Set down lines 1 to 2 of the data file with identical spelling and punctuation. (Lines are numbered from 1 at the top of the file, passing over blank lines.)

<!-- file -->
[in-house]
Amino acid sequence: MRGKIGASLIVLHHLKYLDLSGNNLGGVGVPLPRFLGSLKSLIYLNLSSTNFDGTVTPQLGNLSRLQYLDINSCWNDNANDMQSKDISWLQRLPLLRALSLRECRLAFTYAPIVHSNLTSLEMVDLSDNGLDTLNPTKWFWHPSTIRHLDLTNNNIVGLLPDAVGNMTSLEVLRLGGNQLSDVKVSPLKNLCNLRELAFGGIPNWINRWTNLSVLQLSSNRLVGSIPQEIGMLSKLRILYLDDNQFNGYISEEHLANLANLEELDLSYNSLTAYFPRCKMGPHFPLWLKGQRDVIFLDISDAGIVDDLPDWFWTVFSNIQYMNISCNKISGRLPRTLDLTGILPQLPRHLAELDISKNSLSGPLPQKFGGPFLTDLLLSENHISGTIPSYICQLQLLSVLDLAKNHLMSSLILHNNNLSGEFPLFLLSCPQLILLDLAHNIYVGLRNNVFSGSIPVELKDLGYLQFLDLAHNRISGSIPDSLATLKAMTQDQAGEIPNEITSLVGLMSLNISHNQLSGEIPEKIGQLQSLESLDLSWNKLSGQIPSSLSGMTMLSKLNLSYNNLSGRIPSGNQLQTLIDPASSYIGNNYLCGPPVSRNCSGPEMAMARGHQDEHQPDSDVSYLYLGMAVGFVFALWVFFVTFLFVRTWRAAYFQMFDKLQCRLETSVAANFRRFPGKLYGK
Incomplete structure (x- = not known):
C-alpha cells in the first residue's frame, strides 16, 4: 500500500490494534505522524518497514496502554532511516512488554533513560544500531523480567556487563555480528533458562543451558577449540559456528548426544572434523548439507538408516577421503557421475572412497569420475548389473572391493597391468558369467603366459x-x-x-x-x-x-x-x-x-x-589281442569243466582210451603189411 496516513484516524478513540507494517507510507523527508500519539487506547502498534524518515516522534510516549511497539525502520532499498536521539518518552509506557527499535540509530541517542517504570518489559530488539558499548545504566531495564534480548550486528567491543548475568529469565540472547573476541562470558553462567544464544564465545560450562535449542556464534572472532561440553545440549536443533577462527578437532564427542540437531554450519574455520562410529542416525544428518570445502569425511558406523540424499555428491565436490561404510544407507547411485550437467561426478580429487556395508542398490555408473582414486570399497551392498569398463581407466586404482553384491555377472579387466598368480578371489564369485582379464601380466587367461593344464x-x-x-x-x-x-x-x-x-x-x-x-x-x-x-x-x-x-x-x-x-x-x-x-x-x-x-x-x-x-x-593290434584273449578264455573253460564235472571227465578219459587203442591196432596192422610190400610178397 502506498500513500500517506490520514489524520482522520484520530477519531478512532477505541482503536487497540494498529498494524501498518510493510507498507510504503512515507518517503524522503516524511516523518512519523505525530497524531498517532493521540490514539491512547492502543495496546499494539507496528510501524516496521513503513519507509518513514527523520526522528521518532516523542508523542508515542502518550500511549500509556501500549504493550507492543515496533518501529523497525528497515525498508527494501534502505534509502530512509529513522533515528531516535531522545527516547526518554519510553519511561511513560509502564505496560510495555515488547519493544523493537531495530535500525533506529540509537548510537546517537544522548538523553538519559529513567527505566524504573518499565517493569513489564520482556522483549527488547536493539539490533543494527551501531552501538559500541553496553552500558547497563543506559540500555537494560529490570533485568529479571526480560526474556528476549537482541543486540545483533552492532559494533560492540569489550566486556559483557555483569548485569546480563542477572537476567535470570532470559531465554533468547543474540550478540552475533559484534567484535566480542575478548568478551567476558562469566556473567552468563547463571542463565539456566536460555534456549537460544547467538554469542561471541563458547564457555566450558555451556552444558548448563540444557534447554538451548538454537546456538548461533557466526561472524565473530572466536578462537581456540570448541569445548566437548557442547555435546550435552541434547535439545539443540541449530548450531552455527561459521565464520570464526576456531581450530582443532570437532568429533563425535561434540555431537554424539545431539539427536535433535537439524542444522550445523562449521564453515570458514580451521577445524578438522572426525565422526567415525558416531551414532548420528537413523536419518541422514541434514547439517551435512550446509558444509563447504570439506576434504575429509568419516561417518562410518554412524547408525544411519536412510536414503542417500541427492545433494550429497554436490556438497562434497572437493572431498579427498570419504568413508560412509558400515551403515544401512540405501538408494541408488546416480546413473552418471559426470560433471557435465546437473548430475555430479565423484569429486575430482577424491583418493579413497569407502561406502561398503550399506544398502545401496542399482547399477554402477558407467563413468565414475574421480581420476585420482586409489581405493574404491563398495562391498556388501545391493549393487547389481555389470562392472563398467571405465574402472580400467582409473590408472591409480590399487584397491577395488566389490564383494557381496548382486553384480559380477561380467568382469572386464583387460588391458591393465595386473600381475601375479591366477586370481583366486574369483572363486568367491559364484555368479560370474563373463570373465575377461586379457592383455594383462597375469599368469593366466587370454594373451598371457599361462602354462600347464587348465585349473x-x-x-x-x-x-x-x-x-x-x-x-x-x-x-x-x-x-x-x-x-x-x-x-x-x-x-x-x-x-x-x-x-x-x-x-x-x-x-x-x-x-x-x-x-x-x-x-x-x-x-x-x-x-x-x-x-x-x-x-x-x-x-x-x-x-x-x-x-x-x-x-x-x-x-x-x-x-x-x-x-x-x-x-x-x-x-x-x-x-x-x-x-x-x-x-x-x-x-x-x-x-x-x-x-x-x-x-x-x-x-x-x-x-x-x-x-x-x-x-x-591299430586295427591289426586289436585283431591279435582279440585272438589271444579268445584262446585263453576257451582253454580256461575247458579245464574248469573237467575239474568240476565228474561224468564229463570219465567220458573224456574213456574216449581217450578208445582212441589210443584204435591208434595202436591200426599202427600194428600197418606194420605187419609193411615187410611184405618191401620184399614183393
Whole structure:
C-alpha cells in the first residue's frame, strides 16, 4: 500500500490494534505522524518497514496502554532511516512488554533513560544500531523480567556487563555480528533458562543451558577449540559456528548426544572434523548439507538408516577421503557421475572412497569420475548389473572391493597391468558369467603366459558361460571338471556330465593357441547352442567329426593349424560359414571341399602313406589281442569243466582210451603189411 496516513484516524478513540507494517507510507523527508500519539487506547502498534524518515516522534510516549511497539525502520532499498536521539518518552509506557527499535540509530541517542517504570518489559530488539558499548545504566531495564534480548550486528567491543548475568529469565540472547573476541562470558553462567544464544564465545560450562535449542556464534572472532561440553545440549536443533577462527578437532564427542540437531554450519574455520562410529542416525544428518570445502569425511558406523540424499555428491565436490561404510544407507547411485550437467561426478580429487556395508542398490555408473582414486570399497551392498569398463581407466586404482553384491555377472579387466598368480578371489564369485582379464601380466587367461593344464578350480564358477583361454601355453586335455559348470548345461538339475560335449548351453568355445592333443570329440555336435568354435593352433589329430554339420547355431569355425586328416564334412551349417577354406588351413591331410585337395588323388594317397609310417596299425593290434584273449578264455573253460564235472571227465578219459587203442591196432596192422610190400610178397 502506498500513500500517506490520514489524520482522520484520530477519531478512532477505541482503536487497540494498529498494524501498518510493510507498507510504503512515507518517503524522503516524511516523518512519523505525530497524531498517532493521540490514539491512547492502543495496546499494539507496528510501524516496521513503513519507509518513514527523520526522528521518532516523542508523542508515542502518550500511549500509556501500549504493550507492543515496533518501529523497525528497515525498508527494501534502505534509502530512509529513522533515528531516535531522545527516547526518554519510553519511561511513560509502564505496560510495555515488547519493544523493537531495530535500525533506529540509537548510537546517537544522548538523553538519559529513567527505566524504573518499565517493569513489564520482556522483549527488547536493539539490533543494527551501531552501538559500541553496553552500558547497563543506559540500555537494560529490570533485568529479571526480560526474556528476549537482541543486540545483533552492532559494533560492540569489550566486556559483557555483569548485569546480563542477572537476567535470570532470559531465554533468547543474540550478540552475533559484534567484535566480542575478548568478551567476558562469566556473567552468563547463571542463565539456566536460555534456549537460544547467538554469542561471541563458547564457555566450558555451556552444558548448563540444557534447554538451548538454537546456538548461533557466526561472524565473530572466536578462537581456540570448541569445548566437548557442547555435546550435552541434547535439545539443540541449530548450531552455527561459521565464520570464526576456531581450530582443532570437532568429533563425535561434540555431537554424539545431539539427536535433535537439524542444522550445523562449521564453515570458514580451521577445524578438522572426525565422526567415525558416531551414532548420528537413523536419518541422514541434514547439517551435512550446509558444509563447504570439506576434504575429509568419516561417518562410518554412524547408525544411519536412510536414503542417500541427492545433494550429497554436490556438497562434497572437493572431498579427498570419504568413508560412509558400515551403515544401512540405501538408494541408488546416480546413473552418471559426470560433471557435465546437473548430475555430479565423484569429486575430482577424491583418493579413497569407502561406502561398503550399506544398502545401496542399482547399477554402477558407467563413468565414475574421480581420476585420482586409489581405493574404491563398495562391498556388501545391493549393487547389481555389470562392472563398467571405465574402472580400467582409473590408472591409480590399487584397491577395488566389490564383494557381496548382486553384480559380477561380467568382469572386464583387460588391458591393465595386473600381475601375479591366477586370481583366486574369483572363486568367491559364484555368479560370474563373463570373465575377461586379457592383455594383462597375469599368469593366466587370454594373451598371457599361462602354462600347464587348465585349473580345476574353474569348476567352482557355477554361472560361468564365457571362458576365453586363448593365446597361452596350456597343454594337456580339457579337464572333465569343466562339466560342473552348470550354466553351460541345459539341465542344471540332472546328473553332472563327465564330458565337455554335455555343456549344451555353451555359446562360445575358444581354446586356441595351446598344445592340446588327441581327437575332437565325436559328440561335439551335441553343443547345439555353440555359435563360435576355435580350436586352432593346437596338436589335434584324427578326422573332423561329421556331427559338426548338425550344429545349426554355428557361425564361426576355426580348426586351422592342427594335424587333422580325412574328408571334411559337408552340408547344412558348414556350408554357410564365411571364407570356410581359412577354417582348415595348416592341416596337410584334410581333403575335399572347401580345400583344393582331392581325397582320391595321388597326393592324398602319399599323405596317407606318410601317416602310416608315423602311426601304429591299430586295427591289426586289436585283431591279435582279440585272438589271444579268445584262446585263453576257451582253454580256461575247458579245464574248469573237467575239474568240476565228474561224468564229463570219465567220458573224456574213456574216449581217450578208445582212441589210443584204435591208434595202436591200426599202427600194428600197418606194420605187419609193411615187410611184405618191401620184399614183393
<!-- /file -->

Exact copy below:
[in-house]
Amino acid sequence: MRGKIGASLIVLHHLKYLDLSGNNLGGVGVPLPRFLGSLKSLIYLNLSSTNFDGTVTPQLGNLSRLQYLDINSCWNDNANDMQSKDISWLQRLPLLRALSLRECRLAFTYAPIVHSNLTSLEMVDLSDNGLDTLNPTKWFWHPSTIRHLDLTNNNIVGLLPDAVGNMTSLEVLRLGGNQLSDVKVSPLKNLCNLRELAFGGIPNWINRWTNLSVLQLSSNRLVGSIPQEIGMLSKLRILYLDDNQFNGYISEEHLANLANLEELDLSYNSLTAYFPRCKMGPHFPLWLKGQRDVIFLDISDAGIVDDLPDWFWTVFSNIQYMNISCNKISGRLPRTLDLTGILPQLPRHLAELDISKNSLSGPLPQKFGGPFLTDLLLSENHISGTIPSYICQLQLLSVLDLAKNHLMSSLILHNNNLSGEFPLFLLSCPQLILLDLAHNIYVGLRNNVFSGSIPVELKDLGYLQFLDLAHNRISGSIPDSLATLKAMTQDQAGEIPNEITSLVGLMSLNISHNQLSGEIPEKIGQLQSLESLDLSWNKLSGQIPSSLSGMTMLSKLNLSYNNLSGRIPSGNQLQTLIDPASSYIGNNYLCGPPVSRNCSGPEMAMARGHQDEHQPDSDVSYLYLGMAVGFVFALWVFFVTFLFVRTWRAAYFQMFDKLQCRLETSVAANFRRFPGKLYGK